Data from this year’s Southern Hemisphere winter season showed that H1N1, otherwise known as swine flu, was dominant.
Thus, after limited circulation since 2019, the H1N1 virus (swine flu) could be back in England, Wales and Scotland.
Symptoms of swine flu, as pointed out by the NHS:
- Temperature of 38C
- A cough
- Sore throat
- Aching body
The health body adds: “The symptoms are the same as other types of common flu.
“They’re usually mild and pass within one to two weeks. But as with all types of flu, some people are at higher risk of serious illness.”
READ MORE… Warning issued as swine flu detected in Europe – symptoms of disease
Professor Susan Hopkins, Chief Medical Adviser at UKHSA, said the flu virus would have been responsible for over 14,000 excess deaths.
Thankfully, data suggests current flu vaccines were well-matched with circulating strains of swine flu.
The Australian government officially recorded its seasons as “low” clinical severity.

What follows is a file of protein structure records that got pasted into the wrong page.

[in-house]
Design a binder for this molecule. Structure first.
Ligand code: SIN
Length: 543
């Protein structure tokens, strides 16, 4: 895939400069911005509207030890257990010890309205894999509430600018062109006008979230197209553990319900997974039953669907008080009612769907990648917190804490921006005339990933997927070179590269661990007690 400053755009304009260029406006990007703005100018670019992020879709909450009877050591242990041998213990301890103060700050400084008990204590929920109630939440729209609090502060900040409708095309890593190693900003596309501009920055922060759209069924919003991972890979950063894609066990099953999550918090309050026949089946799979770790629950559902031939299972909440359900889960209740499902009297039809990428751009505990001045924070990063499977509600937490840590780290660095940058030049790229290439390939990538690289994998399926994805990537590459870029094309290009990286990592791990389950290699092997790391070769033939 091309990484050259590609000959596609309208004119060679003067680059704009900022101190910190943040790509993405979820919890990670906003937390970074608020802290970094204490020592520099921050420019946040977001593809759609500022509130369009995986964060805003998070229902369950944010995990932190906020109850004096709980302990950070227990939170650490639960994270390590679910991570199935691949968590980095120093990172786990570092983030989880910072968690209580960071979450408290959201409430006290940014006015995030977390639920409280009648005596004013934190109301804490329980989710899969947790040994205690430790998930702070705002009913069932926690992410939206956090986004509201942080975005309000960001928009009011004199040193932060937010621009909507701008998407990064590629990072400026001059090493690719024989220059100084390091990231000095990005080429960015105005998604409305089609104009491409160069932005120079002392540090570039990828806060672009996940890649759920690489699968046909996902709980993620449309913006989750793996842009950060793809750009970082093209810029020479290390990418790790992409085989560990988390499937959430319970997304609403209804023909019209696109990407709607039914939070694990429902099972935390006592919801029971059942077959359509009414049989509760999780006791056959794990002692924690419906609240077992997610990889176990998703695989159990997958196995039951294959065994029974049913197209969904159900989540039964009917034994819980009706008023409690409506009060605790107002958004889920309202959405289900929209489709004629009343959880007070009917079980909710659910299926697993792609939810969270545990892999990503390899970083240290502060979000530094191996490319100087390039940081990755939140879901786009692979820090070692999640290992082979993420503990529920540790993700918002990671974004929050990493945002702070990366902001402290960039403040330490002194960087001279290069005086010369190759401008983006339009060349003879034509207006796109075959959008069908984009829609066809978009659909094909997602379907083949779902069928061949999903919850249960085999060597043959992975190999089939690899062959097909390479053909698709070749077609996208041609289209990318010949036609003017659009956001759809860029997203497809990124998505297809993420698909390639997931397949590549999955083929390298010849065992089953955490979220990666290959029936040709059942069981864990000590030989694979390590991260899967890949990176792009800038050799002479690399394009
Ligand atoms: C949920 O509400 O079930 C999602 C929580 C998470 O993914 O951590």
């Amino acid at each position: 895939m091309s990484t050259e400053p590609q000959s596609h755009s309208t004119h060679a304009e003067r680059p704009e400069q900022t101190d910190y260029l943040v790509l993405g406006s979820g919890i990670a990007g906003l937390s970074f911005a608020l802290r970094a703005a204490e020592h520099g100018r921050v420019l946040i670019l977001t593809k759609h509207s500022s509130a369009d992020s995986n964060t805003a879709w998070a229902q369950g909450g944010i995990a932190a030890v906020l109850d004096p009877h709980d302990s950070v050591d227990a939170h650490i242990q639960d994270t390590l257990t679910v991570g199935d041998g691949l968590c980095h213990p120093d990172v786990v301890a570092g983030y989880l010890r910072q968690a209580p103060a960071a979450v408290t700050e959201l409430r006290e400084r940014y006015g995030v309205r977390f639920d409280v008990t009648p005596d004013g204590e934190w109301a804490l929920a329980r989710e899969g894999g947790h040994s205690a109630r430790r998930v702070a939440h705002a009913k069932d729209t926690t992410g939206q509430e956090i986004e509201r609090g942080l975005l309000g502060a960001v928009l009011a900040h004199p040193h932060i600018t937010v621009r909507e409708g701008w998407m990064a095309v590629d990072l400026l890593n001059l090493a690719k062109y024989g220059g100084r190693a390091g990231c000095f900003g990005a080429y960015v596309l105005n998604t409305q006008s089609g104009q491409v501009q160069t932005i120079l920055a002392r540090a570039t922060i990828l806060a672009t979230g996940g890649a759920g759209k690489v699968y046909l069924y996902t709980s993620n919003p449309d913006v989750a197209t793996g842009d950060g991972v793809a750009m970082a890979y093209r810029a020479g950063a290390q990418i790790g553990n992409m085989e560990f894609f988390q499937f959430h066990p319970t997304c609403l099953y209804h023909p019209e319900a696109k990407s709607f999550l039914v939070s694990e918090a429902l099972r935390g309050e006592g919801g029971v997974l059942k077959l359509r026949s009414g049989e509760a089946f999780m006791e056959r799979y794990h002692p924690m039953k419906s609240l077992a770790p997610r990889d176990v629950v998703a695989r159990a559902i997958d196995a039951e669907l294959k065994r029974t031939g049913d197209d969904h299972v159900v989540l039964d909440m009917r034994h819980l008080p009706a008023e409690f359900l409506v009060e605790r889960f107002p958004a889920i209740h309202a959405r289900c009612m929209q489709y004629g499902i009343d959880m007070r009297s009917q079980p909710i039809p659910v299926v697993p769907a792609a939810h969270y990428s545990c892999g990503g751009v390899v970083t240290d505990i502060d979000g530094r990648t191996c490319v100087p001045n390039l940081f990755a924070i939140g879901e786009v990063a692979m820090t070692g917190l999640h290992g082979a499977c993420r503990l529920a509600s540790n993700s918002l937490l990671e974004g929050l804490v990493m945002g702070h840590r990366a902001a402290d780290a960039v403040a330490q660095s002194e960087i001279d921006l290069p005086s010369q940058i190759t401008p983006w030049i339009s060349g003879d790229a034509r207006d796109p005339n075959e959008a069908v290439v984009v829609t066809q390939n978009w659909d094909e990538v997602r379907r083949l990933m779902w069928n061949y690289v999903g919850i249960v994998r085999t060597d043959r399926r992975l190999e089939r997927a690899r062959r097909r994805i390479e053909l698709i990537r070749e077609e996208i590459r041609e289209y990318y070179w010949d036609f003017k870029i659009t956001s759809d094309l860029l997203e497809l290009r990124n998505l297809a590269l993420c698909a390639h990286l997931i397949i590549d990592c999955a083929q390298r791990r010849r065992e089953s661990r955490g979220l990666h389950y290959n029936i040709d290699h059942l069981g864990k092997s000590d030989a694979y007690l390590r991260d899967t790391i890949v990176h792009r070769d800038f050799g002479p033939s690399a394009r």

Hopkins added: “Last winter the vaccine prevented an estimated 25,000 hospitalisations.
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“But this could be even greater if all those eligible for the flu vaccine came forward this year.”
Eligible groups include:
- Pregnant women
- Young children
- Those with chronic health conditions.
Hopkins added: “We have good evidence to suggest this year’s vaccine will offer good protection.”
Vaccines Minister Maria Caulfield highlighted how flu placed a greater burden on hospitals than Covid last year.
Caulfield urged all those who are eligible to book their Covid and flu vaccinations.
The NHS clarifies that swine flu is now one of the seasonal flu viruses that circulate each winter.
Thus annual flu vaccines are created to help protect against severe illness caused by the H1N1 virus.
“If you’ve had flu in the last few years, there’s a chance it was caused by this virus,” the NHS says.
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